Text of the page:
Since we are on a quest to have everything garbage-free, Selector presents a problem right away - the output of the selector is a set of keys, coming from a concurrent hash map via an iterator. All of this allocates objects on every iteration of the loop. If you are not careful, this allocation continues even when the server is idling. The behavior is intrinsic to the Java Non-blocking I/O (NIO) implementation and cannot be changed.

To send or receive data from the network, Java mandates ByteBuffer instances. When looked at in a vacuum, ByteBuffer may seem like a reasonable abstraction. But if we look closer, it's easy to see it's a bit confused. It is a concrete class instead of an interface, meaning that the whole NIO is stuck with the provided implementation. The API is inconsistent as the OS requires memory pointers for send and receive methods, but ByteBuffer does not provide an explicit semantic for each case. So how does ByteBuffer translate to a memory pointer?

When your data is on the heap, there is a memory copy for each socket IO. When ByteBuffer is direct, there is no copy, but there is an issue releasing memory and general Java paranoia about language safety.

Native Java socket write implementation
/**
* /java.base/share/classes/sun/nio/ch/SocketChannelImpl.java
*/
public int write(ByteBuffer buf) throws IOException {
Objects.requireNonNull(buf);
writeLock.lock();
try {
boolean blocking = isBlocking();
int n = 0;
try {
beginWrite(blocking);
if (blocking) {
do {
n = IOUtil.write(fd, buf, -1, nd);
} while (n == IOStatus.INTERRUPTED && isOpen());
} else {
n = IOUtil.write(fd, buf, -1, nd);
}
} finally {
endWrite(blocking, n > 0);
if (n <= 0 && isOutputClosed)
throw new AsynchronousCloseException();
}
return IOStatus.normalize(n);
} finally {
writeLock.unlock();
}
}

Considering the allocating nature of the Selector, that Java NIO libraries are a layer above the OS, and how computationally expensive the overhead is with ByteBuffer, we decided to go out on a limb and interact directly with the OS via the Java Native Interface (JNI). This worked for QuestDB insofar as the API is non-allocating outside of the normal bootstrap phase and lets us work with the memory pointers directly.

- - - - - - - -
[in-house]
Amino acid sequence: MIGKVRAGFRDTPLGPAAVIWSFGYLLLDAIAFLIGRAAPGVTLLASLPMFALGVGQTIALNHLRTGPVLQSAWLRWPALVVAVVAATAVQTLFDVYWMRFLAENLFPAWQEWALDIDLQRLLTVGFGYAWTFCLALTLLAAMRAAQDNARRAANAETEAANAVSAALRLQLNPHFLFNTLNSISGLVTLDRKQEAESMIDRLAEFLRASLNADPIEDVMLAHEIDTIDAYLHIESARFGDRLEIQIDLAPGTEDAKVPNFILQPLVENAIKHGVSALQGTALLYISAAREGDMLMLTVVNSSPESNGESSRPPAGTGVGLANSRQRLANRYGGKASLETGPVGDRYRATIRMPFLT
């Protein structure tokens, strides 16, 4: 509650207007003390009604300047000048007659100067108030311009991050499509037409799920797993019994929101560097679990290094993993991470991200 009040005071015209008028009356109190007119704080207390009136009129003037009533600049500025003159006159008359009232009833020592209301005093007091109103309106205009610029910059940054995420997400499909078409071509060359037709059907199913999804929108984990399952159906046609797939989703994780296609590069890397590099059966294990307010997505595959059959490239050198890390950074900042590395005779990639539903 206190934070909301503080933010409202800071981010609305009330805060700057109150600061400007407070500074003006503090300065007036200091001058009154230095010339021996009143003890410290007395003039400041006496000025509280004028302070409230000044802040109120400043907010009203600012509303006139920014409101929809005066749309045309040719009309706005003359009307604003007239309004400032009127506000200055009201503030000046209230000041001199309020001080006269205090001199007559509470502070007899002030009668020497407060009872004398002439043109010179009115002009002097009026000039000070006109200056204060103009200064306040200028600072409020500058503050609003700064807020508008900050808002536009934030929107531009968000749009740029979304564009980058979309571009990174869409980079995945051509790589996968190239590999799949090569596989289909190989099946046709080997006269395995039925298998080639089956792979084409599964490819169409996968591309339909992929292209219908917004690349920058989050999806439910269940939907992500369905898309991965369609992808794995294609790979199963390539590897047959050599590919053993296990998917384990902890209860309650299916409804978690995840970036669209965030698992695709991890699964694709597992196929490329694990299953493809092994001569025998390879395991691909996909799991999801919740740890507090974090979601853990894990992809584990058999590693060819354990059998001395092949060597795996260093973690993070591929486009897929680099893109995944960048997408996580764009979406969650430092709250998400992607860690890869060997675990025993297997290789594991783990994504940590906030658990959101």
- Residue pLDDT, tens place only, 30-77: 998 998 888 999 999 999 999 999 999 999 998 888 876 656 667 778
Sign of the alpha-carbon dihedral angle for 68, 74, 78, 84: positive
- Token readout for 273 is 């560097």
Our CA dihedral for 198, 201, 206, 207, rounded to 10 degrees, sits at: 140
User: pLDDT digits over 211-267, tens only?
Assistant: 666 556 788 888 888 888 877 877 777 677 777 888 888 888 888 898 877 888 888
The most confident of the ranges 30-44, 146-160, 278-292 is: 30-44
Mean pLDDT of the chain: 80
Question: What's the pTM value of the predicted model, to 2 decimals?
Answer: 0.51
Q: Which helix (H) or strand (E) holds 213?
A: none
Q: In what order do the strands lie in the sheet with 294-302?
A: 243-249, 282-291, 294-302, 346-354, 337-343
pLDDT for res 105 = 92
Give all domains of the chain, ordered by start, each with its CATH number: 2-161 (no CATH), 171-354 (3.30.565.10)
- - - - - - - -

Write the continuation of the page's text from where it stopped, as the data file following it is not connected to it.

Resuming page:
QuestDB's JNI call for sending data to a socket
/**
* /core/src/main/c/share/net.c
*/
JNIEXPORT jint JNICALL Java_io_questdb_network_Net_send
(JNIEnv *e, jclass cl, jlong fd, jlong ptr, jint len) {
const ssize_t n = send((int) fd, (const void *) ptr, (size_t) len, 0);
if (n > -1) {
return n;
}
if (errno == EWOULDBLOCK) {
return com_questdb_network_Net_ERETRY;
}
return com_questdb_network_Net_EOTHERDISCONNECT;
}

QuestDB's thread model#

Starting threads is expensive, and they're more often than not just wrappers for the connection state. QuestDB operates a fixed number of threads to isolate the database instance to specific cores and reduce the overhead of starting and stopping threads at runtime. The actual threads are encapsulated by a WorkerPool class.

The worker pool's idea is to have a simple list of "jobs" that all workers will run all the time. Jobs themselves encapsulate "piece of work" and do not have tight loops in them. Hence a job can simply return if IO is not available or the queue is full or empty.

We have a notion of a "synchronized job." It is different from the definition of "synchronized" in Java in that the QuestDB's thread never blocks. However, synchronized jobs guarantee that only one thread can execute a job instance at any moment in time.

Adding an IO notification loop#

IODispatcher is QuestDB's implementation of the IO Notification loop. We have implemented epoll, kqueue, and select, so this works cross-platform. The appropriate implementation is automatically chosen at runtime based on the OS. The IODispatched API is message-driven via QuestDB's implementation of non-blocking and non-allocating queues. These queues are outside of the scope of this article, but you can read about them in our community contribution from Alex Pelagenko.

A diagram of QuestDB's IODispatcher
IODispatcher and queues for events, interest, and disconnections

IODispatcher is a synchronized job in context of QuestDB's thread model. It consumes queues on the left and publishes to the queue on the right. IODispatcher's main responsibility is to deliver socket handles (individual connection identifiers), that are ready for the IO to the worker threads. Considering that socket handles are read or written to by one thread at a time the underlying IO notification system works in ONESHOT mode. This means socket handle is removed from the IO notification system while there is socket activity and re-introduced back when activity tapers off. Interacting with the IO notification system is expensive. Worker thread will only recurse back to the IODispatcher for enqueueing if there has been zero data from the socket for the set period of time, which we call hysteresis.